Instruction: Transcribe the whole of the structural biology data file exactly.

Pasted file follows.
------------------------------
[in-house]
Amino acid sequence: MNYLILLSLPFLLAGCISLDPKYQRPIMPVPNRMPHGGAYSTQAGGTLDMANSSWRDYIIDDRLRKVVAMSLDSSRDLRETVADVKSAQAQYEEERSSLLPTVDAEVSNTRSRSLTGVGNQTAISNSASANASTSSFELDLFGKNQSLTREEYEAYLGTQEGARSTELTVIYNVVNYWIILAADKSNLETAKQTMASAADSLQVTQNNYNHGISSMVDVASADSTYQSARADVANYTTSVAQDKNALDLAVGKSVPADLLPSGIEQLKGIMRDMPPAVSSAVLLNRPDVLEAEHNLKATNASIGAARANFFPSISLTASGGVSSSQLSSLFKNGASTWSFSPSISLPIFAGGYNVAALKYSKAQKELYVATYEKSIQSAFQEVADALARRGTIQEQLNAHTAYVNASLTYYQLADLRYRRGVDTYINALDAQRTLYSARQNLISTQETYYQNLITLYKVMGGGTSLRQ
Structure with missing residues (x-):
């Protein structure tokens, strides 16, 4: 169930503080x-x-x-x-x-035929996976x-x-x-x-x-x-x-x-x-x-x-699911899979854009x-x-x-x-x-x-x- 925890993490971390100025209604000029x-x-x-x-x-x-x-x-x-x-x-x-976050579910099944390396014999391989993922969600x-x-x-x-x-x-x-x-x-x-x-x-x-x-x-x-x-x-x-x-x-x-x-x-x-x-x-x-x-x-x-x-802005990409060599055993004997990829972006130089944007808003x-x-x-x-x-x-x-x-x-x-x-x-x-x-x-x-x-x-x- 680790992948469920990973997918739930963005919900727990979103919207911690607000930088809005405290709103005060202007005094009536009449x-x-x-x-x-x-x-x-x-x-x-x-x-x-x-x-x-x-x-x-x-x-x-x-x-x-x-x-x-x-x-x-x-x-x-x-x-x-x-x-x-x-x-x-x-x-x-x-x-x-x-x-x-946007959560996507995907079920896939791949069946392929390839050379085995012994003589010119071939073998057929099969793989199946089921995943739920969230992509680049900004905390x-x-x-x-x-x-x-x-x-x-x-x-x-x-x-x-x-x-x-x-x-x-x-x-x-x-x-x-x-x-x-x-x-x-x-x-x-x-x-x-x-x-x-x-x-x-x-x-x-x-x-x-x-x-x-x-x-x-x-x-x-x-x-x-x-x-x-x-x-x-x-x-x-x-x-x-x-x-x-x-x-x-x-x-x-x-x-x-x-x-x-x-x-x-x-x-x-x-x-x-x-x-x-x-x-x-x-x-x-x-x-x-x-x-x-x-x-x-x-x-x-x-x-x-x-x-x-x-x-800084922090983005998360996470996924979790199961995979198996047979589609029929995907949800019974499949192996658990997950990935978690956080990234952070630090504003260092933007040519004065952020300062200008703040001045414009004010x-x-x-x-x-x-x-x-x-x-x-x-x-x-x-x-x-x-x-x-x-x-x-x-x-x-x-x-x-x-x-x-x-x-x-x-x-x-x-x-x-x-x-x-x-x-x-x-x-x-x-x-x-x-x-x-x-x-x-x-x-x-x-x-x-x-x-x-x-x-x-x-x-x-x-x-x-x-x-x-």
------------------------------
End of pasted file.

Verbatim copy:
[in-house]
Amino acid sequence: MNYLILLSLPFLLAGCISLDPKYQRPIMPVPNRMPHGGAYSTQAGGTLDMANSSWRDYIIDDRLRKVVAMSLDSSRDLRETVADVKSAQAQYEEERSSLLPTVDAEVSNTRSRSLTGVGNQTAISNSASANASTSSFELDLFGKNQSLTREEYEAYLGTQEGARSTELTVIYNVVNYWIILAADKSNLETAKQTMASAADSLQVTQNNYNHGISSMVDVASADSTYQSARADVANYTTSVAQDKNALDLAVGKSVPADLLPSGIEQLKGIMRDMPPAVSSAVLLNRPDVLEAEHNLKATNASIGAARANFFPSISLTASGGVSSSQLSSLFKNGASTWSFSPSISLPIFAGGYNVAALKYSKAQKELYVATYEKSIQSAFQEVADALARRGTIQEQLNAHTAYVNASLTYYQLADLRYRRGVDTYINALDAQRTLYSARQNLISTQETYYQNLITLYKVMGGGTSLRQ
Structure with missing residues (x-):
């Protein structure tokens, strides 16, 4: 169930503080x-x-x-x-x-035929996976x-x-x-x-x-x-x-x-x-x-x-699911899979854009x-x-x-x-x-x-x- 925890993490971390100025209604000029x-x-x-x-x-x-x-x-x-x-x-x-976050579910099944390396014999391989993922969600x-x-x-x-x-x-x-x-x-x-x-x-x-x-x-x-x-x-x-x-x-x-x-x-x-x-x-x-x-x-x-x-802005990409060599055993004997990829972006130089944007808003x-x-x-x-x-x-x-x-x-x-x-x-x-x-x-x-x-x-x- 680790992948469920990973997918739930963005919900727990979103919207911690607000930088809005405290709103005060202007005094009536009449x-x-x-x-x-x-x-x-x-x-x-x-x-x-x-x-x-x-x-x-x-x-x-x-x-x-x-x-x-x-x-x-x-x-x-x-x-x-x-x-x-x-x-x-x-x-x-x-x-x-x-x-x-946007959560996507995907079920896939791949069946392929390839050379085995012994003589010119071939073998057929099969793989199946089921995943739920969230992509680049900004905390x-x-x-x-x-x-x-x-x-x-x-x-x-x-x-x-x-x-x-x-x-x-x-x-x-x-x-x-x-x-x-x-x-x-x-x-x-x-x-x-x-x-x-x-x-x-x-x-x-x-x-x-x-x-x-x-x-x-x-x-x-x-x-x-x-x-x-x-x-x-x-x-x-x-x-x-x-x-x-x-x-x-x-x-x-x-x-x-x-x-x-x-x-x-x-x-x-x-x-x-x-x-x-x-x-x-x-x-x-x-x-x-x-x-x-x-x-x-x-x-x-x-x-x-x-x-x-x-x-800084922090983005998360996470996924979790199961995979198996047979589609029929995907949800019974499949192996658990997950990935978690956080990234952070630090504003260092933007040519004065952020300062200008703040001045414009004010x-x-x-x-x-x-x-x-x-x-x-x-x-x-x-x-x-x-x-x-x-x-x-x-x-x-x-x-x-x-x-x-x-x-x-x-x-x-x-x-x-x-x-x-x-x-x-x-x-x-x-x-x-x-x-x-x-x-x-x-x-x-x-x-x-x-x-x-x-x-x-x-x-x-x-x-x-x-x-x-």